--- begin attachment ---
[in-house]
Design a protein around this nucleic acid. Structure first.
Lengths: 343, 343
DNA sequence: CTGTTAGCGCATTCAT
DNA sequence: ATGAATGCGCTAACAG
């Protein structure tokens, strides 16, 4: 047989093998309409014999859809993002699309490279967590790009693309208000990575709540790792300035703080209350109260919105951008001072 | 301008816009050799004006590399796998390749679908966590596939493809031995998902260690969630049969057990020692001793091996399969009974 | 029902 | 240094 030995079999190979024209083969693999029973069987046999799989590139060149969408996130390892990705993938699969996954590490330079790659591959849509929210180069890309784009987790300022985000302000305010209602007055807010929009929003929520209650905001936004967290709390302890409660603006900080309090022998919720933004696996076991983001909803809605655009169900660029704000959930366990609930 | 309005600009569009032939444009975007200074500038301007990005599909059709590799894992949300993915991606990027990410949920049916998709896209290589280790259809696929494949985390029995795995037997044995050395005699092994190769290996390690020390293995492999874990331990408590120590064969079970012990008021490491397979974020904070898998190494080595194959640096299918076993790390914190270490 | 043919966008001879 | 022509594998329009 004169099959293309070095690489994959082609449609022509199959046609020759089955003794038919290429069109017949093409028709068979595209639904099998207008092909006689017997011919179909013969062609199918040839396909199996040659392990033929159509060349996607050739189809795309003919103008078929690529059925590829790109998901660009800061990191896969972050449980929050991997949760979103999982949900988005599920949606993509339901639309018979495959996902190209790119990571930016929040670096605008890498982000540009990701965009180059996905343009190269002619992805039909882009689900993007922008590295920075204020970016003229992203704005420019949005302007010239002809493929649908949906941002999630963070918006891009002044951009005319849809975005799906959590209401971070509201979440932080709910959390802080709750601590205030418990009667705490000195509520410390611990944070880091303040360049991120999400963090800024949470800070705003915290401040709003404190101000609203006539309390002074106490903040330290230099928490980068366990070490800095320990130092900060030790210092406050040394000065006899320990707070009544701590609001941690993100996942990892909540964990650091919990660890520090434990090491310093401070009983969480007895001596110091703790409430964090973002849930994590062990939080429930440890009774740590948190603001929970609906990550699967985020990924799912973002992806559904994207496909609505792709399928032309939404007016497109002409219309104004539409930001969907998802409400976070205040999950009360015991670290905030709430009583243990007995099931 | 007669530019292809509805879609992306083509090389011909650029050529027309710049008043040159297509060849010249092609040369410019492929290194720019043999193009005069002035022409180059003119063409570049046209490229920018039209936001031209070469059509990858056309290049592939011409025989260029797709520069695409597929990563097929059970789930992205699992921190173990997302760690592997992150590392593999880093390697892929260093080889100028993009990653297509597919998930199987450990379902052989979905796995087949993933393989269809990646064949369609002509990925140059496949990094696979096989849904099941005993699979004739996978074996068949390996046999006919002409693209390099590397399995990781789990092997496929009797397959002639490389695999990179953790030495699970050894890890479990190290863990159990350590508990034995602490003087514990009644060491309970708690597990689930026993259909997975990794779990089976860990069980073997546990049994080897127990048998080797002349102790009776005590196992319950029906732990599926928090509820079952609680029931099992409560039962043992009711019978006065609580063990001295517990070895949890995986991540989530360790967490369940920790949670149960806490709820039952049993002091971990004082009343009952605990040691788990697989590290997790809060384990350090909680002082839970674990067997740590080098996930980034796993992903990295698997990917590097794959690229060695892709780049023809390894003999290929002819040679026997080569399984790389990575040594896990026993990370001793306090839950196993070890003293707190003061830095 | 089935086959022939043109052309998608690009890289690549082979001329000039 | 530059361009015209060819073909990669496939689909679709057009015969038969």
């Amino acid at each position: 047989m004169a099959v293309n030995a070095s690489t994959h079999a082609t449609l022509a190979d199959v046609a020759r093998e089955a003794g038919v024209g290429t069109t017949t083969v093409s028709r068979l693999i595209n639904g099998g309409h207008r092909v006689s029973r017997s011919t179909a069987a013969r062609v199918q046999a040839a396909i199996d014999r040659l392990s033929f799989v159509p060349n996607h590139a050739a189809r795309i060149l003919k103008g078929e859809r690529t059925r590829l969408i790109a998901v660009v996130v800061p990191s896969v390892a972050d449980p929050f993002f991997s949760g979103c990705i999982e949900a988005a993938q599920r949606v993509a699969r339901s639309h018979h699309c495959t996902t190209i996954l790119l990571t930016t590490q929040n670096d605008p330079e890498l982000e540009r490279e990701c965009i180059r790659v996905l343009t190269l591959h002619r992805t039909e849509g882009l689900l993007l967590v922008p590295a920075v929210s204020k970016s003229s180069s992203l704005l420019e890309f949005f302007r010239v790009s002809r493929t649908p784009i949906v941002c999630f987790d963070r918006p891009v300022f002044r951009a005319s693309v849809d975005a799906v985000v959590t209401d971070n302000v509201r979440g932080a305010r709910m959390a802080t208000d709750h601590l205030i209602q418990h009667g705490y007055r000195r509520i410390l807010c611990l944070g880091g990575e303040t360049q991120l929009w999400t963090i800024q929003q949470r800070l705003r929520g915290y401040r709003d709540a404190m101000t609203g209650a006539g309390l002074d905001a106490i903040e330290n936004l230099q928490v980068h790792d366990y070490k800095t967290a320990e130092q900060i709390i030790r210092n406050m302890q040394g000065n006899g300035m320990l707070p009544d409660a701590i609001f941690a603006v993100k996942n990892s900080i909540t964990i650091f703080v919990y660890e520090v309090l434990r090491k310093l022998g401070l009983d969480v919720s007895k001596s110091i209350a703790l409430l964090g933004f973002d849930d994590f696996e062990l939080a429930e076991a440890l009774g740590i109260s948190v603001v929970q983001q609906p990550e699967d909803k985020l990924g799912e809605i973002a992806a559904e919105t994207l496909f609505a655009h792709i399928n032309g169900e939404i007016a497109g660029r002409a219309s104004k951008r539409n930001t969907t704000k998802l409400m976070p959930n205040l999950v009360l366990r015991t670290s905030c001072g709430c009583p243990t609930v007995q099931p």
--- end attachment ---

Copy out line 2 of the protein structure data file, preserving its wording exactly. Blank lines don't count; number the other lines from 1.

Design a protein around this nucleic acid. Structure first.